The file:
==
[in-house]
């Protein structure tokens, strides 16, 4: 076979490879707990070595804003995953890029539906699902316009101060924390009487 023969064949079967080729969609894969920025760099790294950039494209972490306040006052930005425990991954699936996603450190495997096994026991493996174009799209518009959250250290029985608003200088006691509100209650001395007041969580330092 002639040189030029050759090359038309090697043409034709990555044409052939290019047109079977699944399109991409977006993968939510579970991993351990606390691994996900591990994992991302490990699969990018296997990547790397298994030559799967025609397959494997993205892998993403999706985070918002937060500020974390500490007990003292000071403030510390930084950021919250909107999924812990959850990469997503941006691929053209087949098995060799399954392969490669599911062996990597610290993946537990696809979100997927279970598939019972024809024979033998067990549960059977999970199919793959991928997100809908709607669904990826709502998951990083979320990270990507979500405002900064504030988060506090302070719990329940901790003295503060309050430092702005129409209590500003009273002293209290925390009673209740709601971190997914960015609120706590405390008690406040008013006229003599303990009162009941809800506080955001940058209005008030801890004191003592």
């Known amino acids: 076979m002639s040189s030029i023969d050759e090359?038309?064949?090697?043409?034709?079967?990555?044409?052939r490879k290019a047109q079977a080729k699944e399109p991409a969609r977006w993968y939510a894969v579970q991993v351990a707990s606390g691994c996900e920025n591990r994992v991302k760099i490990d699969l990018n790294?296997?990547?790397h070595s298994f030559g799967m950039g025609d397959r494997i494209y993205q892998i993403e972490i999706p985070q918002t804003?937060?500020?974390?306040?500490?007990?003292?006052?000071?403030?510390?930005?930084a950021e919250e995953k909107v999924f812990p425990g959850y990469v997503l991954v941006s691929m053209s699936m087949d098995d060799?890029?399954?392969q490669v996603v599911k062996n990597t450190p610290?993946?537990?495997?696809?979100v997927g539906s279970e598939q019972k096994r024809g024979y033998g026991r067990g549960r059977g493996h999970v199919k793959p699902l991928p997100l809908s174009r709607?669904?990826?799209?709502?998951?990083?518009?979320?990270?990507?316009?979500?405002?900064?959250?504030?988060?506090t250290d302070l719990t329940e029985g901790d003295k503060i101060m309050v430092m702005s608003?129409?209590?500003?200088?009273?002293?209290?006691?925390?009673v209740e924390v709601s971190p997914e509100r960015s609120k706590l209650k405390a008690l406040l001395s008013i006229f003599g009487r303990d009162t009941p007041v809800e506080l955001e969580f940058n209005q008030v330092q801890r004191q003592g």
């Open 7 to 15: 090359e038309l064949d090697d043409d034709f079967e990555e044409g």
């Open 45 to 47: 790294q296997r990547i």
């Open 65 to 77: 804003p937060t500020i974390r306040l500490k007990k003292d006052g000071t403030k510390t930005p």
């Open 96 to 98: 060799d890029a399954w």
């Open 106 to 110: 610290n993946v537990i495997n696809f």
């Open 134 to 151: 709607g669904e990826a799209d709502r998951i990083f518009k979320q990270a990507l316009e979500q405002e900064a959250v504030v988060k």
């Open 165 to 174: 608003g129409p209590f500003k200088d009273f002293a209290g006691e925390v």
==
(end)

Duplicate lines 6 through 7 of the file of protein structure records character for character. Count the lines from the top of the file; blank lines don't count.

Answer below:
């Open 65 to 77: 804003p937060t500020i974390r306040l500490k007990k003292d006052g000071t403030k510390t930005p």
């Open 96 to 98: 060799d890029a399954w």